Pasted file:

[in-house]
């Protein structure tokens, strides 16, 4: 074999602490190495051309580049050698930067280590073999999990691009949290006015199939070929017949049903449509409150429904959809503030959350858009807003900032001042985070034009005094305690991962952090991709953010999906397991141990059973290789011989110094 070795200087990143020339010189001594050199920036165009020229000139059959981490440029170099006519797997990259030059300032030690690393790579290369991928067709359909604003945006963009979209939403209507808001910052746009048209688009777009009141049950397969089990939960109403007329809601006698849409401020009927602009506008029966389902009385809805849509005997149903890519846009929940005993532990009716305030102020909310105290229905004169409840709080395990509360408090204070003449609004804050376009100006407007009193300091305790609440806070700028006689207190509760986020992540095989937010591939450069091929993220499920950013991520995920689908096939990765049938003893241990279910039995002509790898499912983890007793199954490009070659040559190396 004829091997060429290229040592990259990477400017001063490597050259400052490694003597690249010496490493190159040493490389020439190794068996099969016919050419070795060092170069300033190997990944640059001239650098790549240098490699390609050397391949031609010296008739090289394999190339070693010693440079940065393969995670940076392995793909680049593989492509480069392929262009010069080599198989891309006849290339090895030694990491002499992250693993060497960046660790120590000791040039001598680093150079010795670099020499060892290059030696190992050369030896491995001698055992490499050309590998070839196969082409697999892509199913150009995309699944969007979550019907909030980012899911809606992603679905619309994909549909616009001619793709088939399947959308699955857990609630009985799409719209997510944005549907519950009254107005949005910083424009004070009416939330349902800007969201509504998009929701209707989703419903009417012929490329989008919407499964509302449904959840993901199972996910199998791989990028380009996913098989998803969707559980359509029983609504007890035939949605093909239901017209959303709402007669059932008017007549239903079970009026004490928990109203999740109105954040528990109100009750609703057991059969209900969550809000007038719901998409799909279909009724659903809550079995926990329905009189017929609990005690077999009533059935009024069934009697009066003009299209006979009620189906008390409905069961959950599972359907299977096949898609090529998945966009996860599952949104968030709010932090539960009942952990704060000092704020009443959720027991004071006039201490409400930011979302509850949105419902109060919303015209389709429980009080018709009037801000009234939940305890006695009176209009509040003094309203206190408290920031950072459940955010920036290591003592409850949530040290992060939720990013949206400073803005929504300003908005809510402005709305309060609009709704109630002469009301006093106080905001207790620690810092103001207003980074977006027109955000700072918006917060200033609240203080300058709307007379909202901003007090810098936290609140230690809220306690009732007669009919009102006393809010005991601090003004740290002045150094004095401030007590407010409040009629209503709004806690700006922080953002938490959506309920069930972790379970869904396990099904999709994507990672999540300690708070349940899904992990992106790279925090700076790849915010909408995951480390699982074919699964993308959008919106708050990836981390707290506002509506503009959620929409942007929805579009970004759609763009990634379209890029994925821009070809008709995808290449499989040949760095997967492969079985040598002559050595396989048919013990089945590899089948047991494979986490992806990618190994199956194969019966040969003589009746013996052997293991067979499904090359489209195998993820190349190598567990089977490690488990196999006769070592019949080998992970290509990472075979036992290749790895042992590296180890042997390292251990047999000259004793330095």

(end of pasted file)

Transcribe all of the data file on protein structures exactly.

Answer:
[in-house]
């Protein structure tokens, strides 16, 4: 074999602490190495051309580049050698930067280590073999999990691009949290006015199939070929017949049903449509409150429904959809503030959350858009807003900032001042985070034009005094305690991962952090991709953010999906397991141990059973290789011989110094 070795200087990143020339010189001594050199920036165009020229000139059959981490440029170099006519797997990259030059300032030690690393790579290369991928067709359909604003945006963009979209939403209507808001910052746009048209688009777009009141049950397969089990939960109403007329809601006698849409401020009927602009506008029966389902009385809805849509005997149903890519846009929940005993532990009716305030102020909310105290229905004169409840709080395990509360408090204070003449609004804050376009100006407007009193300091305790609440806070700028006689207190509760986020992540095989937010591939450069091929993220499920950013991520995920689908096939990765049938003893241990279910039995002509790898499912983890007793199954490009070659040559190396 004829091997060429290229040592990259990477400017001063490597050259400052490694003597690249010496490493190159040493490389020439190794068996099969016919050419070795060092170069300033190997990944640059001239650098790549240098490699390609050397391949031609010296008739090289394999190339070693010693440079940065393969995670940076392995793909680049593989492509480069392929262009010069080599198989891309006849290339090895030694990491002499992250693993060497960046660790120590000791040039001598680093150079010795670099020499060892290059030696190992050369030896491995001698055992490499050309590998070839196969082409697999892509199913150009995309699944969007979550019907909030980012899911809606992603679905619309994909549909616009001619793709088939399947959308699955857990609630009985799409719209997510944005549907519950009254107005949005910083424009004070009416939330349902800007969201509504998009929701209707989703419903009417012929490329989008919407499964509302449904959840993901199972996910199998791989990028380009996913098989998803969707559980359509029983609504007890035939949605093909239901017209959303709402007669059932008017007549239903079970009026004490928990109203999740109105954040528990109100009750609703057991059969209900969550809000007038719901998409799909279909009724659903809550079995926990329905009189017929609990005690077999009533059935009024069934009697009066003009299209006979009620189906008390409905069961959950599972359907299977096949898609090529998945966009996860599952949104968030709010932090539960009942952990704060000092704020009443959720027991004071006039201490409400930011979302509850949105419902109060919303015209389709429980009080018709009037801000009234939940305890006695009176209009509040003094309203206190408290920031950072459940955010920036290591003592409850949530040290992060939720990013949206400073803005929504300003908005809510402005709305309060609009709704109630002469009301006093106080905001207790620690810092103001207003980074977006027109955000700072918006917060200033609240203080300058709307007379909202901003007090810098936290609140230690809220306690009732007669009919009102006393809010005991601090003004740290002045150094004095401030007590407010409040009629209503709004806690700006922080953002938490959506309920069930972790379970869904396990099904999709994507990672999540300690708070349940899904992990992106790279925090700076790849915010909408995951480390699982074919699964993308959008919106708050990836981390707290506002509506503009959620929409942007929805579009970004759609763009990634379209890029994925821009070809008709995808290449499989040949760095997967492969079985040598002559050595396989048919013990089945590899089948047991494979986490992806990618190994199956194969019966040969003589009746013996052997293991067979499904090359489209195998993820190349190598567990089977490690488990196999006769070592019949080998992970290509990472075979036992290749790895042992590296180890042997390292251990047999000259004793330095």